I didn't know it would last that long... i'll try a few balls in the refrigerator next time around, thanks for the suggestion/info.

Offline Bryan S

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Re: Dough Tears
« Reply #6 on: December 20, 2007, 06:40:34 PM »
bbb, try cutting back on the water a tad, a TBS or 2 to see if it helps. Not sure if you saw this thread or not but you might find some info in there to help you. http://www.pizzamaking.com/forum/index.php/topic,5000.0.html
Making great pizza and learning new things everyday.

Offline Bryan S

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Re: Dough Tears
« Reply #7 on: December 21, 2007, 12:17:47 AM »
I just reread your first post and saw that "the machine takes 2 hrs to make the dough" and a red flag went up. That's an awful long time to make pizza dough, IMO  ??? Can you provide more detail about your machine and it's process of making pizza dough?
« Last Edit: December 21, 2007, 12:19:52 AM by Bryan S »
Making great pizza and learning new things everyday.

Offline Art

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Re: Dough Tears
« Reply #8 on: December 21, 2007, 10:14:32 AM »
I have been making pizza once a week for the past 3 years and each and every time I've used a bread machine. It too has a 2 hour dough cycle which breaks down as follows: The first 25 minutes it just sits there; I assume this ensures all ingredients are at room temp. Then it goes into action; 2 minutes of slow & easy mixing followed by 23 minutes of vigorous kneading. It then sits for 50 minutes resulting in a little rise followed by a 1 minute period of slight movement and another 20 minute rest. I then remove the dough, split it into halves, put them onto 2 slightly oiled pans http://www.zesco.com/products.cfm?subCatID=1652&PGroupID=020206MZ01 , cover each with a square of Saran, and place in the fridge for 3-7 days. The doughs are consistently beautiful; easy to handle & shape (they never tear, and the flavor seems to improve with the time spent in the fridge. I never freeze it, but always get it into the fridge asap. I have (at times) pulled the dough from the machine right after the first kneading and let it rest for 5-10 minutes before halving with no discernible difference. Here's my Lehmann recipe for two 14" pies.. Give it a try and see what you think.  :chef:  art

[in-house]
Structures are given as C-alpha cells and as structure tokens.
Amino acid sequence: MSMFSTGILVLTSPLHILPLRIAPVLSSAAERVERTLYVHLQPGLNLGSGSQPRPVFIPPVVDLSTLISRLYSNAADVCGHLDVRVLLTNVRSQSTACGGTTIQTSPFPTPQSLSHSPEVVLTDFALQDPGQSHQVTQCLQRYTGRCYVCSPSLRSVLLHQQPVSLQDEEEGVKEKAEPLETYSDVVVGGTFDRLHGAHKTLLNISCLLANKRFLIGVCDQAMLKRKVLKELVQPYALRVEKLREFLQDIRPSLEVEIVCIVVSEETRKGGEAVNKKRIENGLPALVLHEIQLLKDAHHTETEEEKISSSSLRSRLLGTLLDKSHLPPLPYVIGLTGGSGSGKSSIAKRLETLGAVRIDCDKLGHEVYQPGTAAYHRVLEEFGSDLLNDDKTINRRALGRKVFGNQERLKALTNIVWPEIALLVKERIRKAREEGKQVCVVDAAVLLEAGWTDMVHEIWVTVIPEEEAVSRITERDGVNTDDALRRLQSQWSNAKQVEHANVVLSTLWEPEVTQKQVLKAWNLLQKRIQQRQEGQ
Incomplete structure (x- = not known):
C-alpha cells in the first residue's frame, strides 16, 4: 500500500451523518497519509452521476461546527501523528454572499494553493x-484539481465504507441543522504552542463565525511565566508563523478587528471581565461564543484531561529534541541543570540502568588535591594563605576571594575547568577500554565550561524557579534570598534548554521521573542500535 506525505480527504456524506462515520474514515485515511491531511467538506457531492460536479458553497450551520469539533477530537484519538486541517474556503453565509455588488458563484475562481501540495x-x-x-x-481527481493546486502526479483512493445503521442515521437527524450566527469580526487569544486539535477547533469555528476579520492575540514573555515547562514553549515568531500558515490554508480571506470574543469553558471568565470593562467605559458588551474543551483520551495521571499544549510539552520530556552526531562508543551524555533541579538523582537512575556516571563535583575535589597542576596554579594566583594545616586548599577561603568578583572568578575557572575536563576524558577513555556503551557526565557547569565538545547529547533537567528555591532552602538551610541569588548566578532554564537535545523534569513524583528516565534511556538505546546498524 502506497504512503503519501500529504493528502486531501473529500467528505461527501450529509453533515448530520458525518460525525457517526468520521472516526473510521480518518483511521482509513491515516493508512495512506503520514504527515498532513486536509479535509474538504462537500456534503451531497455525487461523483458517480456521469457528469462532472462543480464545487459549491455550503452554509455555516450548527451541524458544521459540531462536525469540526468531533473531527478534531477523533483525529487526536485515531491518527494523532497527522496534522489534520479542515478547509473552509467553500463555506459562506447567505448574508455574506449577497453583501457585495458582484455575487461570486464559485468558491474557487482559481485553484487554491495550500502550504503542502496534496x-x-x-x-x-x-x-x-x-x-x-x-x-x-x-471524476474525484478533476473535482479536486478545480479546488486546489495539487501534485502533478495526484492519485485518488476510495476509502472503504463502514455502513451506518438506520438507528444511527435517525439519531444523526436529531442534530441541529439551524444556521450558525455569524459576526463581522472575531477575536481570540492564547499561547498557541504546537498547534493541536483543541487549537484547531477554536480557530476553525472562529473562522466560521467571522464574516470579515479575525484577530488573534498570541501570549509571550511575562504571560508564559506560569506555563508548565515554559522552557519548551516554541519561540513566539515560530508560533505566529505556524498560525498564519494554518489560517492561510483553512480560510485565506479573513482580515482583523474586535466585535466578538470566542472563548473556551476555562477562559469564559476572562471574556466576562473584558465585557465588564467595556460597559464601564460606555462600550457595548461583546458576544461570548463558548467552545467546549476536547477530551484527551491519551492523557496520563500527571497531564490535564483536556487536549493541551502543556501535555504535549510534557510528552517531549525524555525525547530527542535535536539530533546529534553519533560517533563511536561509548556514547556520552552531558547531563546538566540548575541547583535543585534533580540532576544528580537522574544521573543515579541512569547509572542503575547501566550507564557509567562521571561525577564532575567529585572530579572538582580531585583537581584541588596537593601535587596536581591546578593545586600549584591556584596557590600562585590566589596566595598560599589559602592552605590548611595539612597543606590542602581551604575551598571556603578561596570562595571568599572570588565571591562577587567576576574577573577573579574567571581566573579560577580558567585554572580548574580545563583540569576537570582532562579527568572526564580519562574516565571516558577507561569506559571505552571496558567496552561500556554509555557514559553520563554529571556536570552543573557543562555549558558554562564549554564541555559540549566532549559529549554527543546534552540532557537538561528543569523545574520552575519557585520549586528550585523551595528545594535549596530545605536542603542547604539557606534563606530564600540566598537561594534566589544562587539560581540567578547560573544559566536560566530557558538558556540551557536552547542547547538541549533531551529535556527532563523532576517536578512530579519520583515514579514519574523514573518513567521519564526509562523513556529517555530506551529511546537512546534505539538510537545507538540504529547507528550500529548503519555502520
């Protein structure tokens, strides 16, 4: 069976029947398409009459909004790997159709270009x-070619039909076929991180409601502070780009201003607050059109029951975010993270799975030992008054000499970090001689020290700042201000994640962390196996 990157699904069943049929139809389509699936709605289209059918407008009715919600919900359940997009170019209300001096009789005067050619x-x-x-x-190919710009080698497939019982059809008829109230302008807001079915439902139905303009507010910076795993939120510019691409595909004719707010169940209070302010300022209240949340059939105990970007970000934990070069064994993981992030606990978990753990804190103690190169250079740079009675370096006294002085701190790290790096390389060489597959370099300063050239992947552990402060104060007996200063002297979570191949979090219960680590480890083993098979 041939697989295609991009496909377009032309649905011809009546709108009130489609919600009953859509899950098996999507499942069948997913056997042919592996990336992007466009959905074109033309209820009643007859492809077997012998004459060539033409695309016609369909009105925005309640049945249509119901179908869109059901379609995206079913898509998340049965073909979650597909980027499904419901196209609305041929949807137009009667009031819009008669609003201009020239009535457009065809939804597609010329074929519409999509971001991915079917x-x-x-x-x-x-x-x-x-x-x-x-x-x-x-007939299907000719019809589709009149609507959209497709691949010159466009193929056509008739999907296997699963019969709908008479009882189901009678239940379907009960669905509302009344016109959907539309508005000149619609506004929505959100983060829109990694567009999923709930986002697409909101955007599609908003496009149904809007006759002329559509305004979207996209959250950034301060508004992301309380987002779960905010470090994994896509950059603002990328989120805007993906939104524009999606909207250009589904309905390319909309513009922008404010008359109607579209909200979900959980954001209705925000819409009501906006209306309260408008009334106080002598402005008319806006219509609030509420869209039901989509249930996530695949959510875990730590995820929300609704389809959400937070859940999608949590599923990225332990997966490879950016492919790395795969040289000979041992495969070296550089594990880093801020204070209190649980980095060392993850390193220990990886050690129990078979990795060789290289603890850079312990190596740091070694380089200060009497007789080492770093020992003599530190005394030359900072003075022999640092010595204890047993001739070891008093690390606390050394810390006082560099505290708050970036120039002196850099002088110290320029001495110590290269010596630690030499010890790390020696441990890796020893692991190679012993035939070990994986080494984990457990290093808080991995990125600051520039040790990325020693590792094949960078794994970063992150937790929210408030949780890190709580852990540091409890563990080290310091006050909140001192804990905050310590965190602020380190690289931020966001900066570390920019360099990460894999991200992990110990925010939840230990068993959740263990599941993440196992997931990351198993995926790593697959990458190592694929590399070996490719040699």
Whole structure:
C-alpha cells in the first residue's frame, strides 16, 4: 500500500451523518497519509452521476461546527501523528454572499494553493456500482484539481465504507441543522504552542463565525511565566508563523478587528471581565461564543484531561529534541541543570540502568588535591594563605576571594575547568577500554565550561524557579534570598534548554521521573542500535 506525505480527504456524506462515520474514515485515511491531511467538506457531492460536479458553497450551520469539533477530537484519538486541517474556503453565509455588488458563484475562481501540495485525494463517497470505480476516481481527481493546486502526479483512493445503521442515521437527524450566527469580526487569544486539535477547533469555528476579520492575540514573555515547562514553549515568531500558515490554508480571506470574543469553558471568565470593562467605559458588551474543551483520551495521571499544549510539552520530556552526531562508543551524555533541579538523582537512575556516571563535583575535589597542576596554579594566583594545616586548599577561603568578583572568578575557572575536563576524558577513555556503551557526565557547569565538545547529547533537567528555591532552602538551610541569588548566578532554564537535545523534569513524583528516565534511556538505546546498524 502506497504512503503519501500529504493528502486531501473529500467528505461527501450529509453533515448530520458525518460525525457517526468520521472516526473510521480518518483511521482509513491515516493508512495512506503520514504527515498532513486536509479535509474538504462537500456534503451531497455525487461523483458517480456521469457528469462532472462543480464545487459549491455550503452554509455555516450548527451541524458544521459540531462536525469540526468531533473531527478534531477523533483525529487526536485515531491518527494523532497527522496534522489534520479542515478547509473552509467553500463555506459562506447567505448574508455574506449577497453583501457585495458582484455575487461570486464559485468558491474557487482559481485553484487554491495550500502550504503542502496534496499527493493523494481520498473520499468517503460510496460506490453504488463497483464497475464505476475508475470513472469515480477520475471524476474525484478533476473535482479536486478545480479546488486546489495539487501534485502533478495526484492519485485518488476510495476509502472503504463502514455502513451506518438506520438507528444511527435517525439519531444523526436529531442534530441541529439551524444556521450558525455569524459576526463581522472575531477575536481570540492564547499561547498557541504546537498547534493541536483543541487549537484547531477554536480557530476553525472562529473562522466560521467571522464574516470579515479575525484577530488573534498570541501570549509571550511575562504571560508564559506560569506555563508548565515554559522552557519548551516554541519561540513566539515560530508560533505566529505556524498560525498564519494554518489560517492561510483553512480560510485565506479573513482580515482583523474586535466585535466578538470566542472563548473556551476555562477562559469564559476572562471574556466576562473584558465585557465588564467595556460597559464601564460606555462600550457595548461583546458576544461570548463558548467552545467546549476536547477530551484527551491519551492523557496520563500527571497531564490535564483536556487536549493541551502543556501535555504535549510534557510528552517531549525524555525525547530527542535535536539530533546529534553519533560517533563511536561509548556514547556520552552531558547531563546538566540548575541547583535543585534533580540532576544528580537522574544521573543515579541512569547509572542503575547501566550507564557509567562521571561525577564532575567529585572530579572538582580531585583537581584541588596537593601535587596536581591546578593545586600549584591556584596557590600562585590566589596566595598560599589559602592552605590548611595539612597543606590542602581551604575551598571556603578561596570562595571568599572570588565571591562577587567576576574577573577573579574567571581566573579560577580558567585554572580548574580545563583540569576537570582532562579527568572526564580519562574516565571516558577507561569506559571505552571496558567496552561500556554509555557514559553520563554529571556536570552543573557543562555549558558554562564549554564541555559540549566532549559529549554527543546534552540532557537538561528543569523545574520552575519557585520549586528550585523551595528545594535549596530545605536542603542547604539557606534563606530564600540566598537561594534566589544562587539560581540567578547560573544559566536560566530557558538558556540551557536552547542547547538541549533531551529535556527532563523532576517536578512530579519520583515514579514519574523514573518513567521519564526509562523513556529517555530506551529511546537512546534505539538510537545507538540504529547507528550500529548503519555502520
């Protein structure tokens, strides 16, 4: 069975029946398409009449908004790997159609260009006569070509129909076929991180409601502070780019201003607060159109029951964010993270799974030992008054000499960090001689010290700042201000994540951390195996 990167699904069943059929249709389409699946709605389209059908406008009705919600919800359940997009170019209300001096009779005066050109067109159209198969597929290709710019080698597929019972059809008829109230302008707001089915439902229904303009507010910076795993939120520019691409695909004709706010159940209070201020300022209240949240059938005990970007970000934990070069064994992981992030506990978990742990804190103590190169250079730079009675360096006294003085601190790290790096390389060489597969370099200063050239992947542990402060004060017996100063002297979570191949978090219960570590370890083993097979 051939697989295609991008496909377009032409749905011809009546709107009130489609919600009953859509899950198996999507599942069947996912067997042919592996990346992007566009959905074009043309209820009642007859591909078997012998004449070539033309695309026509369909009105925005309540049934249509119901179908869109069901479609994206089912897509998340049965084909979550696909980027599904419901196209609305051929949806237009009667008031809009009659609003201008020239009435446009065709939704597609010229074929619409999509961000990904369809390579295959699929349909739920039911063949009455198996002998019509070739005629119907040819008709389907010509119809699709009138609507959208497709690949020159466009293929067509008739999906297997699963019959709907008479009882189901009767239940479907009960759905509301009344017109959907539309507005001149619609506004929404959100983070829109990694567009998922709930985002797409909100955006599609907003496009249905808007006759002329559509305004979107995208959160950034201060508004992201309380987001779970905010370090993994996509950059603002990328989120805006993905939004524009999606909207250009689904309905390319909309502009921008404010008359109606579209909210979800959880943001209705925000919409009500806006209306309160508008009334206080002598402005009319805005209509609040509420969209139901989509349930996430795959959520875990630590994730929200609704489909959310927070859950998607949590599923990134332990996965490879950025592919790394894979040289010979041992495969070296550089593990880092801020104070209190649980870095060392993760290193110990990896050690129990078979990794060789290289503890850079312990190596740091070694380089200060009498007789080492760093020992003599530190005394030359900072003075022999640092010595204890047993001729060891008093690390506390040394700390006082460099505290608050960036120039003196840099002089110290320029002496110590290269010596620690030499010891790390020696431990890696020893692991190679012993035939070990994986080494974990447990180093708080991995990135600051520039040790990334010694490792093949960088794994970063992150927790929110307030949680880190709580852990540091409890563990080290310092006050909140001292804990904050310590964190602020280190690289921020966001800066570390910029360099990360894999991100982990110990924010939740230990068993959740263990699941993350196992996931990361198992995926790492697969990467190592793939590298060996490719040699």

Flour (100%):    519.7 g  |  18.33 oz | 1.15 lbs
Water (63%):    327.41 g  |  11.55 oz | 0.72 lbs
IDY (0.20%):    1.04 g | 0.04 oz | 0 lbs | 0.35 tsp | 0.12 tbsp
Salt (1.75%):    9.09 g | 0.32 oz | 0.02 lbs | 1.89 tsp | 0.63 tbsp
Oil (2%):    10.39 g | 0.37 oz | 0.02 lbs | 2.31 tsp | 0.77 tbsp
Sugar (1%):    5.2 g | 0.18 oz | 0.01 lbs | 1.3 tsp | 0.43 tbsp
Total (167.95%):   872.83 g | 30.79 oz | 1.92 lbs | TF = 0.1
Single Ball:   436.41 g | 15.39 oz | 0.96 lbs 
When baking, follow directions.  When cooking, go by your own taste.

Offline bbb

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Re: Dough Tears
« Reply #9 on: December 23, 2007, 05:16:23 PM »
UPDATE:
This weekend i made a new batch of dough using many of the tips above, and the results were EXCELLENT.

Probably the best crust i have made to date, had a great char to it, browned pefectly, and was crisp on the botton while the crust remained chewy.

Unfortunately i tried a few 'new' methods so not sure which one (or all) were responsible for the improved results, but i'll list what i did differently and what effect i think it had on the outcome:

Salt: added 1/2tsp to the recipe in the first post above.  I believe this is the change which had the greatest effect.  As i added the salt, i began to think how the salt probably absorbs some of the water during the entire process and the previous lack of salt could account for a droopy/wet dough.  Sure enough the dough came out with much more elasticity and there was very little fear of tearing as i spread out the pizza (even draped it over my fists to expand with no problem).  I was very surprised at the dramatic change from just a minor amount of salt.

Freeze: i didn't freeze this batch of dough.  After removing the dough from the machine and letting it rise about 2 hours, I made 4 balls (i'm guessing about 1lb each) and put them each in their own container in the refrigerator... making two pizzas the following day and the other two balls are still in the refrigerator.  I thought it was "ok" to freeze dough, but the more i read here it is generally not recommended.  Next time i make dough i'll take two balls from the same batch (i get two balls from the same batch of dough making), putting one in the refrigerator and freezing the other, which should give me an apples-to-apples comparison to see if i notice any degredation.

Yeast: i used a different brand of yeast (Fleishman's Active Dry this time, i'm not sure of the previous brand i used (i can find out next time i'm at that store), although i do know it was an active dry type as well).  This yeast seemed a bit more 'seed-like' than the previous yeast brand, which was a bit more clumpy and the yeast stuck together.  Both resulted in a dough which would rise plenty, so i'm guessing this wasn't too much of a factor in the difference